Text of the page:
I would have to say that war and the death penalty does take innocent life and therefore does fall under non-negotiable issues. The taking of life in anyway can not fall under the matter of prudence. People do have a right to defend themselves but to try and forcast a possible need to be aggressive cannot be justified. No we do not have to agree with the Holy Father on matters of choice such as personal forms of prayer such as the rosary vs praying to your favorite Saint but when it comes to the Pope’s statements on war and death there is no choice but to follow the Church’s policy of not ending life regardless if it is abortion or war.

  2. Fric

    I am sorry, but I cannot agree with you on this. The Church does not have a “policy” (which would be different from doctrine and dogma as you see it I am guessing?…) that the taking of a life is always wrong. If we did, then there would be no Just War doctrine. It would also not be permissible to surgically end an entopic pregnancy to save the life of the mother. For those that don’t know, an entopic pregnancy is when a baby is attached to the fallopian tube instead of the uterus. Letting the child grow will kill both mother and child. No matter what we do, the child will die. The mother can be saved by surgery.

    The Holy Father has stated that he believes the Iraq war is not a Just War. That is his personal opinion. He didn’t state it in such a way as to make it infallible, nor did he phrase it in such a way to be meant as an official teaching of the Church. Just because a Pope says something, doesn’t mean it is the Official Position of the Catholic Church which must be held by all members. While I willingly assent to every teaching of the Church and am willing to corrected when I am wrong, that doesn’t mean I have to agree with everything the Pope believes on all things.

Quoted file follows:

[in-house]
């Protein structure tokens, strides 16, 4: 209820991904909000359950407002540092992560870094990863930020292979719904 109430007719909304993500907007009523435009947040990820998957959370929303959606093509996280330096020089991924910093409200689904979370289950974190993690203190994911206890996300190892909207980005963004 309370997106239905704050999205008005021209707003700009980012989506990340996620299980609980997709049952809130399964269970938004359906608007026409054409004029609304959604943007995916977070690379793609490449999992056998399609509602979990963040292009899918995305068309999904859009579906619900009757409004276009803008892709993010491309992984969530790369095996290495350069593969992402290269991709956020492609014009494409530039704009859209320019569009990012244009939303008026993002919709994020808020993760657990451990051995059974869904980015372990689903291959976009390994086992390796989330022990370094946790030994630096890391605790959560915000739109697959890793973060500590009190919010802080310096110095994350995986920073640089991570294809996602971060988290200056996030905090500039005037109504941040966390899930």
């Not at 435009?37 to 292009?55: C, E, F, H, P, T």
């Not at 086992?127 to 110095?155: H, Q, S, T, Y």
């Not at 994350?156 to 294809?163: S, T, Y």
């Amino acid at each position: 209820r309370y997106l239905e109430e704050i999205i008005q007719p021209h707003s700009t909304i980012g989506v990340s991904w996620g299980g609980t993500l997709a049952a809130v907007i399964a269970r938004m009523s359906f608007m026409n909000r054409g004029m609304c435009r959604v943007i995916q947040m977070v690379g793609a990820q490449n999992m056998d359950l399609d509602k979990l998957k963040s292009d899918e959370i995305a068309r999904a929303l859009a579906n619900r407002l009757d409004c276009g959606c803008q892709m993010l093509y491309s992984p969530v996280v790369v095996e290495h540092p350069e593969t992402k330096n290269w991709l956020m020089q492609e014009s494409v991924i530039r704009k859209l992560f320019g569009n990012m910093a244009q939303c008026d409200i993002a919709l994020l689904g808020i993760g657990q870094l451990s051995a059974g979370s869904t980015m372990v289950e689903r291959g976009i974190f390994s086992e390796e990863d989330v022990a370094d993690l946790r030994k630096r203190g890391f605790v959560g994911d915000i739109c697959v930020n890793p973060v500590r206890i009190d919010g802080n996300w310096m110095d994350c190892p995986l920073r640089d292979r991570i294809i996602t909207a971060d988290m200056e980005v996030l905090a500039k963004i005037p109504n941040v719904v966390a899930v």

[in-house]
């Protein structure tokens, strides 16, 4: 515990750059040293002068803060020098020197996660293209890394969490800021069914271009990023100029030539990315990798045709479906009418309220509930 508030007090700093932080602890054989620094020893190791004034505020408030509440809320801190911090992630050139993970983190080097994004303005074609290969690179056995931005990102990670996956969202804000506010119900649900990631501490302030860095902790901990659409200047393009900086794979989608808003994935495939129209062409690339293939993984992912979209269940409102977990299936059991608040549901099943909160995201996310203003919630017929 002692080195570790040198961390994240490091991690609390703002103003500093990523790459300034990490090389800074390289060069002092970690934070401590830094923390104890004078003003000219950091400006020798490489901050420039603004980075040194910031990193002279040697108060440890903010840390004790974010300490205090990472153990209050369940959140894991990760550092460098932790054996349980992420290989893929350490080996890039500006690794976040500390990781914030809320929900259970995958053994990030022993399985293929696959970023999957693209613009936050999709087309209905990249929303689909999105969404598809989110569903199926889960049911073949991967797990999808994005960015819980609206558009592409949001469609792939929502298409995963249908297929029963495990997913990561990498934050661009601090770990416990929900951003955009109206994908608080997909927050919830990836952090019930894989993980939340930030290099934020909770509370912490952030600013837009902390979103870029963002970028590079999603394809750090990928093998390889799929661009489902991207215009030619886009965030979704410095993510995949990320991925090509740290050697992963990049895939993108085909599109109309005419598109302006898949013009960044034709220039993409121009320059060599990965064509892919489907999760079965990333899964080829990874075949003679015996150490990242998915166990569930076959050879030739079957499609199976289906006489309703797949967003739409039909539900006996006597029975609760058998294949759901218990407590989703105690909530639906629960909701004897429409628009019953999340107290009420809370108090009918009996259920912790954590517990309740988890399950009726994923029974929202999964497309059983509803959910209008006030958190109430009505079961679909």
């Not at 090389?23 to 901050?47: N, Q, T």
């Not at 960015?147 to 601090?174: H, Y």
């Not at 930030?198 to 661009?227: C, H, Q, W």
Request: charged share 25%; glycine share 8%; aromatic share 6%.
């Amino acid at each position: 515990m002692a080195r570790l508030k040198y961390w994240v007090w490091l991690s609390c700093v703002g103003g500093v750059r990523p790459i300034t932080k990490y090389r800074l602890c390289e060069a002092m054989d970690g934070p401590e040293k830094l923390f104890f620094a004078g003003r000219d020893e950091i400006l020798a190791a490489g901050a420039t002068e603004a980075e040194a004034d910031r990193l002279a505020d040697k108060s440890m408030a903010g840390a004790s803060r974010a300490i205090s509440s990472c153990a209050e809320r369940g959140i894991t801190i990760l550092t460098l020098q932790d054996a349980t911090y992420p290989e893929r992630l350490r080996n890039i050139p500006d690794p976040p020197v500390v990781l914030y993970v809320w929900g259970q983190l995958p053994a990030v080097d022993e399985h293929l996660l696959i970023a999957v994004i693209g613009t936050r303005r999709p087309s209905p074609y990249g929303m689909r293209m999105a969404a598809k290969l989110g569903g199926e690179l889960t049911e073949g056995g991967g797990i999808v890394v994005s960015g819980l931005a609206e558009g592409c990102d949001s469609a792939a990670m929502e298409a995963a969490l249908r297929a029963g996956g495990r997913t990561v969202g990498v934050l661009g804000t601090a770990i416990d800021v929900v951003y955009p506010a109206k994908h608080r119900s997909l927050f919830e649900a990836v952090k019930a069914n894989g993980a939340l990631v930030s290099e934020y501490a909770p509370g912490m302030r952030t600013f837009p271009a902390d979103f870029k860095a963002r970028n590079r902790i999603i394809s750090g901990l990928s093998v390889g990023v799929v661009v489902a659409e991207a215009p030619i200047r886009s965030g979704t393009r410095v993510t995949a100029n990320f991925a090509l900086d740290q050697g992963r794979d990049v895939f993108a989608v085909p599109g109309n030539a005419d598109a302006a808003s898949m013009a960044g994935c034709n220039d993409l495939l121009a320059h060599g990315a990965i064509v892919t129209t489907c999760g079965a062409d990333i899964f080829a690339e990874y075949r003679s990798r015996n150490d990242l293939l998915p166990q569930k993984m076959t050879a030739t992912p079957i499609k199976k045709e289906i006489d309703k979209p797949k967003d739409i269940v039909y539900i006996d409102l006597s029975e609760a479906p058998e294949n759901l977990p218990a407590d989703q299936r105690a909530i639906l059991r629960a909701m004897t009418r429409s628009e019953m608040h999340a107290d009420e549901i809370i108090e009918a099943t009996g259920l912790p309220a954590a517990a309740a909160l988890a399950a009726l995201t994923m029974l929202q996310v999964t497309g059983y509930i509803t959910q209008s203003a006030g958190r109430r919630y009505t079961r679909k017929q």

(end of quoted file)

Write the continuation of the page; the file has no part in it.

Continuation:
According the Catechism of the Catholic Church Second Edition #2309…

    The evaluation of these conditions for moral legitimacy belongs to the prudential judgment of those who have the responsibility for the common good.There you go. The Pope, by his own Catechism, doesn’t have the authority to evaluate the Just War status. Therefore when he speaks on it, he is giving his private opinion which we are not bound to follow.

  3. guvnur

    The one rule I speak of is the rule that Jesus himself left us. Love others as I have loved you. To me this keeps any war from being Just.

    2308 Catechism
    All citizens and all governments are obliged to work fo rthe avoidance of war. However “as long as the danger of war persists and there is no international authority with the necessary competience and power, governments cannot be denied the right of lawful self-defense, once all peace efforts have failed.”

    Not sure waging war on other then home soil falls into self defense.

    Interesting thought on the ectopic pregnancy. It is still two lives regardless of the eventual outcome. So I take it that this would be a “legal” form of abortion to the church? Where would a person find reference covering this situation?